Fixed, at least for now, a minor fuel leak using silicon tape. I used this tape on a leaking fuel line on my Defender and it has been working fine for about 4 years. Getting more serious about this probably means replacing all of the copper fuel lines to, perhaps, braided rubber. So I hope this lasts for awhile – perhaps as long as the motor.
I was on the radio with Victoria Coast Guard when towing that boat the other day. I kept pulling the VHF out of the dash (just a bit) when I pulled on the microphone to talk. I installed the flush mount ‘kit’ (which happened to be in-stock locally). Sorted.
The Maretron MFD arrived today. I got excited and dropped what I was doing to get to the boat. I was finally able to complete the upper dash and with it – the entire dash.
The MFD was a super easy install – one plug only – the NMEA2000. I used velcro to mount the tablet. The tablet gets its power from a USB receptacle hidden behind the upper dash panel.
There is room for a second tablet (as originally planned), another MFD, or a switch panel. I see no need for any more of that at the moment.
I had to work with some serious size constraints. The upper dash is super shallow which gradually reduces to zero at the top. Fortunately; the lower dash has just enough depth to accommodate the VHF and chartplotter.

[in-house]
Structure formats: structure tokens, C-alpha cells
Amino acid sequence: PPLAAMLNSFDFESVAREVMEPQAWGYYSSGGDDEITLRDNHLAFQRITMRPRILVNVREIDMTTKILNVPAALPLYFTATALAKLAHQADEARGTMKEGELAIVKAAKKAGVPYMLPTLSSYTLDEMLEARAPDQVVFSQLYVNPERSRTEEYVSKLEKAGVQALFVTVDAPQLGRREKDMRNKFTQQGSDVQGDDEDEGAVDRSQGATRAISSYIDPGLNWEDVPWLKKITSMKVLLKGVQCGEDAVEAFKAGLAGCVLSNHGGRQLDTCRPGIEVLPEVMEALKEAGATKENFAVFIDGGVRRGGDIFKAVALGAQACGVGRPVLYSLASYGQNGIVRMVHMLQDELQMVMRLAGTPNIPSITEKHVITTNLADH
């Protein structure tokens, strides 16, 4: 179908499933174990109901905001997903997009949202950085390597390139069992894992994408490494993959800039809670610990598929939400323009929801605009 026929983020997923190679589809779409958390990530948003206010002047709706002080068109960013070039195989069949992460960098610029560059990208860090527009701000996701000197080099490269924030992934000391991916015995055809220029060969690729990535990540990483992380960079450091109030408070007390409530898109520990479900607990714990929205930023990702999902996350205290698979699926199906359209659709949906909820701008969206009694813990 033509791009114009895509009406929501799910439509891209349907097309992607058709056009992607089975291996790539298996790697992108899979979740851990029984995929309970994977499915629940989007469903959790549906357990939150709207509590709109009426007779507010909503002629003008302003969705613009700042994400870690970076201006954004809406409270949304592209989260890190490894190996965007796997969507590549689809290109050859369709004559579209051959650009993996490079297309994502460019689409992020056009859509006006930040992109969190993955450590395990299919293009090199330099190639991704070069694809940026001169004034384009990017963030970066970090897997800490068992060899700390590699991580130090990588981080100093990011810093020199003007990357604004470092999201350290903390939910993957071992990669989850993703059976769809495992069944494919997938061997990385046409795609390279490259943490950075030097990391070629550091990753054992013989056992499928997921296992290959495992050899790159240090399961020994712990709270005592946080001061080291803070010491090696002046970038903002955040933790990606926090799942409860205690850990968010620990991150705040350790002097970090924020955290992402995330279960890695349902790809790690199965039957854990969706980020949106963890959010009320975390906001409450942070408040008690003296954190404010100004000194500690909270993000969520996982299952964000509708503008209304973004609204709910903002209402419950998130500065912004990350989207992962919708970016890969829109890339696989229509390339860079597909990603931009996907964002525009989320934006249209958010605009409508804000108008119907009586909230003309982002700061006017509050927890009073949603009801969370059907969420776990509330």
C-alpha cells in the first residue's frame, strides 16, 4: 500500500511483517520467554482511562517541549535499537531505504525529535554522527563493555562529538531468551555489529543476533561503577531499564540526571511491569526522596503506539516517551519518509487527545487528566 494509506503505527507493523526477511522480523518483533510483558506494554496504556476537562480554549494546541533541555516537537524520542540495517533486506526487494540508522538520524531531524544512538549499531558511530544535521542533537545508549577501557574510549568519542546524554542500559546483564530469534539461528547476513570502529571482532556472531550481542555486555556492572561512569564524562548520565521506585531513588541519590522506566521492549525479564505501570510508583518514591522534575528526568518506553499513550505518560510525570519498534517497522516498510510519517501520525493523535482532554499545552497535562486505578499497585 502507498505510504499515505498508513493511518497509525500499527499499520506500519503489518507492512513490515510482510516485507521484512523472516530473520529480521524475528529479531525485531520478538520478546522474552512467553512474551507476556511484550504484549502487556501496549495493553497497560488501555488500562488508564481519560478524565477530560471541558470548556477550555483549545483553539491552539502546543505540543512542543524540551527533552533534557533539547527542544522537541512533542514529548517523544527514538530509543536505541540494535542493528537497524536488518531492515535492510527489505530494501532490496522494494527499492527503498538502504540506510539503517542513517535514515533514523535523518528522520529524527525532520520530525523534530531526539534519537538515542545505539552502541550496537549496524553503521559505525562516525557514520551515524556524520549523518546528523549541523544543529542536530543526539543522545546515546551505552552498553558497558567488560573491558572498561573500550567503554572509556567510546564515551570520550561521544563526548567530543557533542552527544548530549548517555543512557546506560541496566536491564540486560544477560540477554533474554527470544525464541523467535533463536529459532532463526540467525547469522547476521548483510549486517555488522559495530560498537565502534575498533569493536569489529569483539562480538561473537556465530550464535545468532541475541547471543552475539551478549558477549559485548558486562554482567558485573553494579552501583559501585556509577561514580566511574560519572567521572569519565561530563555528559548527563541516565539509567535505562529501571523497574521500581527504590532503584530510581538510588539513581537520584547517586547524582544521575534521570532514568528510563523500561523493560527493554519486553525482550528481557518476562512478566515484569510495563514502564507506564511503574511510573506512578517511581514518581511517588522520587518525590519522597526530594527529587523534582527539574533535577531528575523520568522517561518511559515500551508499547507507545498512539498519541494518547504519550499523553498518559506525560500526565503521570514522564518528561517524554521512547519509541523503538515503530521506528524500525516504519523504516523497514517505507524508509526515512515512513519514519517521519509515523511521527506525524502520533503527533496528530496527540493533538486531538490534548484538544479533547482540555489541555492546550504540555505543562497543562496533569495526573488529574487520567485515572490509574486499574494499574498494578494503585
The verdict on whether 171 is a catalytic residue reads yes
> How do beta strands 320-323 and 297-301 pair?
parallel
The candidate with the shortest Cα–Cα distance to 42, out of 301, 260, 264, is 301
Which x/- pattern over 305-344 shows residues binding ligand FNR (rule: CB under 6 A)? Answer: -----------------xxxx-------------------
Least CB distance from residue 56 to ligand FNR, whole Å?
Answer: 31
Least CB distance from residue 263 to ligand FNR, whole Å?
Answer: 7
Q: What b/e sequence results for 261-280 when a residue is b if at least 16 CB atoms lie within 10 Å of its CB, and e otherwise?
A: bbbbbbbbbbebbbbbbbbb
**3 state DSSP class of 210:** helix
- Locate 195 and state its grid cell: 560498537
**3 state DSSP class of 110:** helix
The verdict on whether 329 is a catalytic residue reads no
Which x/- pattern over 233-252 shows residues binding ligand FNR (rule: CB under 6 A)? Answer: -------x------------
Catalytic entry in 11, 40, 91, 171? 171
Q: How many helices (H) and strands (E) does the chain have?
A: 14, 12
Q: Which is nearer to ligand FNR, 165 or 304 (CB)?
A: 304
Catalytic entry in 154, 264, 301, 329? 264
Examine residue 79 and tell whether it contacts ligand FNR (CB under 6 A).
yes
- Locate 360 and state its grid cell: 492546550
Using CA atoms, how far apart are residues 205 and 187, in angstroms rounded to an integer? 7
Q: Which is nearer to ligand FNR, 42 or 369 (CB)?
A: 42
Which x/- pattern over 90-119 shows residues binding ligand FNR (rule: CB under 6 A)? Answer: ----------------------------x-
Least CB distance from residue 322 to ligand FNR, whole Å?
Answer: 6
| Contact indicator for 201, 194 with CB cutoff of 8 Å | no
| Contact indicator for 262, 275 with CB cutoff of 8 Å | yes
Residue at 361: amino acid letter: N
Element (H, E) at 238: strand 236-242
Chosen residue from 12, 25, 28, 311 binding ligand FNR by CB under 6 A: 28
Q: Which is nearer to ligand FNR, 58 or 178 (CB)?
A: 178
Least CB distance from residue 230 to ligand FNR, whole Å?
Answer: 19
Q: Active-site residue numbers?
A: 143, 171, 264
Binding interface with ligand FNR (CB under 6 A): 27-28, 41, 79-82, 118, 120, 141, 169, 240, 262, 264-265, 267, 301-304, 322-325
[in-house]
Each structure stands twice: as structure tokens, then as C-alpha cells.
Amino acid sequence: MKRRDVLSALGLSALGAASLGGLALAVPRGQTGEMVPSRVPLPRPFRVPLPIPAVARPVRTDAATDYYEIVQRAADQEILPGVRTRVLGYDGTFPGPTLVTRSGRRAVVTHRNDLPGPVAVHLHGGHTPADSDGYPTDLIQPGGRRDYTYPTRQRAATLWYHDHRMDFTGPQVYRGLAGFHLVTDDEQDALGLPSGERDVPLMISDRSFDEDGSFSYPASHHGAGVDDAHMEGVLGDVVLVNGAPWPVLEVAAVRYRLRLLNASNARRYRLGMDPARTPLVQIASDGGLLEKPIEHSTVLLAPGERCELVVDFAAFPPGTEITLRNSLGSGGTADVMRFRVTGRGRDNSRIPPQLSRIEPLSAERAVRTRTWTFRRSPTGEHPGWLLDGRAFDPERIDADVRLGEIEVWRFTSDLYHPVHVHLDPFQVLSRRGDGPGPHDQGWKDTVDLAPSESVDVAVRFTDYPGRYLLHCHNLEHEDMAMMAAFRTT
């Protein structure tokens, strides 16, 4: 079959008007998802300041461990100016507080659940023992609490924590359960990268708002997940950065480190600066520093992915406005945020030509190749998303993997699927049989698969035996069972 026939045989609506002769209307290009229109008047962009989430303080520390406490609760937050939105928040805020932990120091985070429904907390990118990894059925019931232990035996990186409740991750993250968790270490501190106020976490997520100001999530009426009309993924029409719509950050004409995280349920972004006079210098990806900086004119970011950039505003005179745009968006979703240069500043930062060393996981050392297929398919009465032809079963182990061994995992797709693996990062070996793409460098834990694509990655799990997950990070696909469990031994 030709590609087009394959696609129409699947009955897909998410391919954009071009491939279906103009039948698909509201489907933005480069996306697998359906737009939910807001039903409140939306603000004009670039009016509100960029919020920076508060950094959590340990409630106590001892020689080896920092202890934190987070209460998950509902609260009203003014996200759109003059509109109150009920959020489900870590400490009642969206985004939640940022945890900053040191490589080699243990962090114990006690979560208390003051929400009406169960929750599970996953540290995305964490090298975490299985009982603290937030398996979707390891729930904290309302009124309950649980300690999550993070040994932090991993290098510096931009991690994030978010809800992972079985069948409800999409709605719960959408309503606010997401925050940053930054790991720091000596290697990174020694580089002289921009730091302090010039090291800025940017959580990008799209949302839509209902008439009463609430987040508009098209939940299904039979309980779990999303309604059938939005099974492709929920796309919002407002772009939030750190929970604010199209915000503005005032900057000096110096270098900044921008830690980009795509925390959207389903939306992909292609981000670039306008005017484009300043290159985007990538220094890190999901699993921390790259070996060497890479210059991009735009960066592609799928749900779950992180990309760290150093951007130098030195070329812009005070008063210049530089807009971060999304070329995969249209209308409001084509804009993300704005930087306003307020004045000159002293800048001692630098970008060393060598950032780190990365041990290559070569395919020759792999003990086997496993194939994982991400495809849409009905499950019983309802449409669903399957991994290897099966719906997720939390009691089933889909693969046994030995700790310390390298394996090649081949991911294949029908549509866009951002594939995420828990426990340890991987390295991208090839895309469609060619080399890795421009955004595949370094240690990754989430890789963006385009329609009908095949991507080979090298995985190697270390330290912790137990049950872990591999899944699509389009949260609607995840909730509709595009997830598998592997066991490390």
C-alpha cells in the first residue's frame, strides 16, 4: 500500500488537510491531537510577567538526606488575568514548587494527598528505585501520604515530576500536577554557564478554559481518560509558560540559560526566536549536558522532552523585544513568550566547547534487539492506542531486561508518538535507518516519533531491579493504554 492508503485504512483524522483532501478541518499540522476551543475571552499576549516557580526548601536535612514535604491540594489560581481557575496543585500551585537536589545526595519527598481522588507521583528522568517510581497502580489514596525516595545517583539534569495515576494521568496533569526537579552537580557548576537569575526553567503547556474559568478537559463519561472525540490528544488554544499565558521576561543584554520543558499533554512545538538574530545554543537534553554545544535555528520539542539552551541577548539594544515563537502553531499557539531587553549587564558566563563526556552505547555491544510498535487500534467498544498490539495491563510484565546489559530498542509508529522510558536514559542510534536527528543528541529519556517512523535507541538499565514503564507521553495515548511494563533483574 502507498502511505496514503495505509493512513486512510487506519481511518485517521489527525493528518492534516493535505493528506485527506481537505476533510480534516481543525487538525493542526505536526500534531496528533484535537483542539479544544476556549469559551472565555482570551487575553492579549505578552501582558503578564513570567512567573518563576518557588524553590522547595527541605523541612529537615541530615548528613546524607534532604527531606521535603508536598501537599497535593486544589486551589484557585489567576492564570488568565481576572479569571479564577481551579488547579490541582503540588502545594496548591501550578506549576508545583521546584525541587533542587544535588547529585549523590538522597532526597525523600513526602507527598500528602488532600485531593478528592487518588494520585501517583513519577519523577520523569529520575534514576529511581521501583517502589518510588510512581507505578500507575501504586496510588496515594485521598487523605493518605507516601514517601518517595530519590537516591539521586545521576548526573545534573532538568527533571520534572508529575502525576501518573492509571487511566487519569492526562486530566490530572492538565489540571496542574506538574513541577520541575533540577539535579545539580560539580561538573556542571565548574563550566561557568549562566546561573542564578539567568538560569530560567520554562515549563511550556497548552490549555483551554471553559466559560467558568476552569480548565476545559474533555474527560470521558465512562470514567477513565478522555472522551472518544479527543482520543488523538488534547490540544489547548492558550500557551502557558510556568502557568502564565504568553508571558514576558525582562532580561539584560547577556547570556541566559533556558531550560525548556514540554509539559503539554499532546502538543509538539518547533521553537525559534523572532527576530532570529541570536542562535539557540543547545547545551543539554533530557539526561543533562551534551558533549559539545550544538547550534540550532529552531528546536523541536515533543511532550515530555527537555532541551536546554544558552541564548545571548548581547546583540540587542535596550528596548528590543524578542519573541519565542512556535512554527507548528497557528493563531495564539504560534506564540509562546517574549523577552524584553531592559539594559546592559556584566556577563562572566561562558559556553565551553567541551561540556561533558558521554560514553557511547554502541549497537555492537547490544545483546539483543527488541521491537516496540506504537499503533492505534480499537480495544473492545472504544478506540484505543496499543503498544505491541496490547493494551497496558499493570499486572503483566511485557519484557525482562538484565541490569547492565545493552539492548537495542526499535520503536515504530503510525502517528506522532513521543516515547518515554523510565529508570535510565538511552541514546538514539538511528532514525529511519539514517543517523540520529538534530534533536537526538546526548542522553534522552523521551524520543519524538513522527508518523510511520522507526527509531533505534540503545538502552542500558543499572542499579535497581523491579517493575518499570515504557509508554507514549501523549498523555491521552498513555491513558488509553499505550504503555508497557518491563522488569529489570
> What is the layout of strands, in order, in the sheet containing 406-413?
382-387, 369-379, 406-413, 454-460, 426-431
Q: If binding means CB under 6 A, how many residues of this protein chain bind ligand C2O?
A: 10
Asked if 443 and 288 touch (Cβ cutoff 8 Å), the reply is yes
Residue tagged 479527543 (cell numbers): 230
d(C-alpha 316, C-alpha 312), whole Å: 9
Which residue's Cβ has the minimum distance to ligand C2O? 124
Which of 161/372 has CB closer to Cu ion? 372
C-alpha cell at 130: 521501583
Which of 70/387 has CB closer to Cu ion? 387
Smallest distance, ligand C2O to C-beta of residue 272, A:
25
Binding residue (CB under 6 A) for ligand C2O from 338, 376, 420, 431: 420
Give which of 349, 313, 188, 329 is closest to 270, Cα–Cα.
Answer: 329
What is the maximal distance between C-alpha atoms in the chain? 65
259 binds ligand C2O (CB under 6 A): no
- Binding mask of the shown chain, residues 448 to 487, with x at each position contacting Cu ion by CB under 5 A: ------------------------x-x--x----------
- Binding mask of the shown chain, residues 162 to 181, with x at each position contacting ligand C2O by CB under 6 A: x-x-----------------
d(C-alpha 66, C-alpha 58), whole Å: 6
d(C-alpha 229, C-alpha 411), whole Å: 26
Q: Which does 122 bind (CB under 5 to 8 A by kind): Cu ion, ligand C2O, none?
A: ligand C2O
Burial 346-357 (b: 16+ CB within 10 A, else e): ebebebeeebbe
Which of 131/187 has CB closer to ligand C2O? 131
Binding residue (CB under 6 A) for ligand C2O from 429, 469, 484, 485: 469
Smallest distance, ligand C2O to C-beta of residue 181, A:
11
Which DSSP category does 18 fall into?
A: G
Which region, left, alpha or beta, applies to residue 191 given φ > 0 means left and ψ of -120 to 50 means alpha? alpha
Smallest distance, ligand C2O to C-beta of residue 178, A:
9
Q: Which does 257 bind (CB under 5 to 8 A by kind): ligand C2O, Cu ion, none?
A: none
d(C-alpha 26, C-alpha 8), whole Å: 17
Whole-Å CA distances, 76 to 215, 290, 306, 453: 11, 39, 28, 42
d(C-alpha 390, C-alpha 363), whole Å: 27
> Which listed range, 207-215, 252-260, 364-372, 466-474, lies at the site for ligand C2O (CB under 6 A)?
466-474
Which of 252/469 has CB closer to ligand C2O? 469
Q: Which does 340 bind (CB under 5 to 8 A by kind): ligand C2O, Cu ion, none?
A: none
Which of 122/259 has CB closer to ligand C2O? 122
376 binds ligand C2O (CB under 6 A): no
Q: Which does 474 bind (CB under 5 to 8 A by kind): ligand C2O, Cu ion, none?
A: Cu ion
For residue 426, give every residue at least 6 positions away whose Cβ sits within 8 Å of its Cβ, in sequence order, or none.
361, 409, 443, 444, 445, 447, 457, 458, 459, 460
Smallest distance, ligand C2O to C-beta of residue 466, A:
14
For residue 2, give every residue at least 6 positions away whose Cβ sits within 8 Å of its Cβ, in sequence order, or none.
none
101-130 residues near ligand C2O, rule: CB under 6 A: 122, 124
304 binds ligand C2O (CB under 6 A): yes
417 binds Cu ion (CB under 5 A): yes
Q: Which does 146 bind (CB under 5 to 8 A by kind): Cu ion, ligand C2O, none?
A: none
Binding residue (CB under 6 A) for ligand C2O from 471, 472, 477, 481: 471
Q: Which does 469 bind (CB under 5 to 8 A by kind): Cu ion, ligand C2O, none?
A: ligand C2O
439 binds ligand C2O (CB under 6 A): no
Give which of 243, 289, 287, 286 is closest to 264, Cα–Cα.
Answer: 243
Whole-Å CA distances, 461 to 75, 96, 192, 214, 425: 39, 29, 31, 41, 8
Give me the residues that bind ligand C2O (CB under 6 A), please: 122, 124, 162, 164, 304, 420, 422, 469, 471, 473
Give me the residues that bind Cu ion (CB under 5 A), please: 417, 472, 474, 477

I do not have the wireless radome (yet). This means that the chartplotter can connect to the tablet for mirroring. I will try this out in the coming days. This will add to the flexibility of this dash.
All of these new electronics will eventually get dated (while also not be period correct) – so hiding it is preferable.
I purchased 2 small US flags some months ago. These are period correct for the boat (48 star flag as I recall). I had some velcro left over so I attached the flags to the outside aft of the boat to recognize that the boat was built in the US. I did the same thing with Merva but in that case it was a period correct Canadian ‘flag’ (well I used the ‘Red Ensign’ instead of the ‘Union Jack’).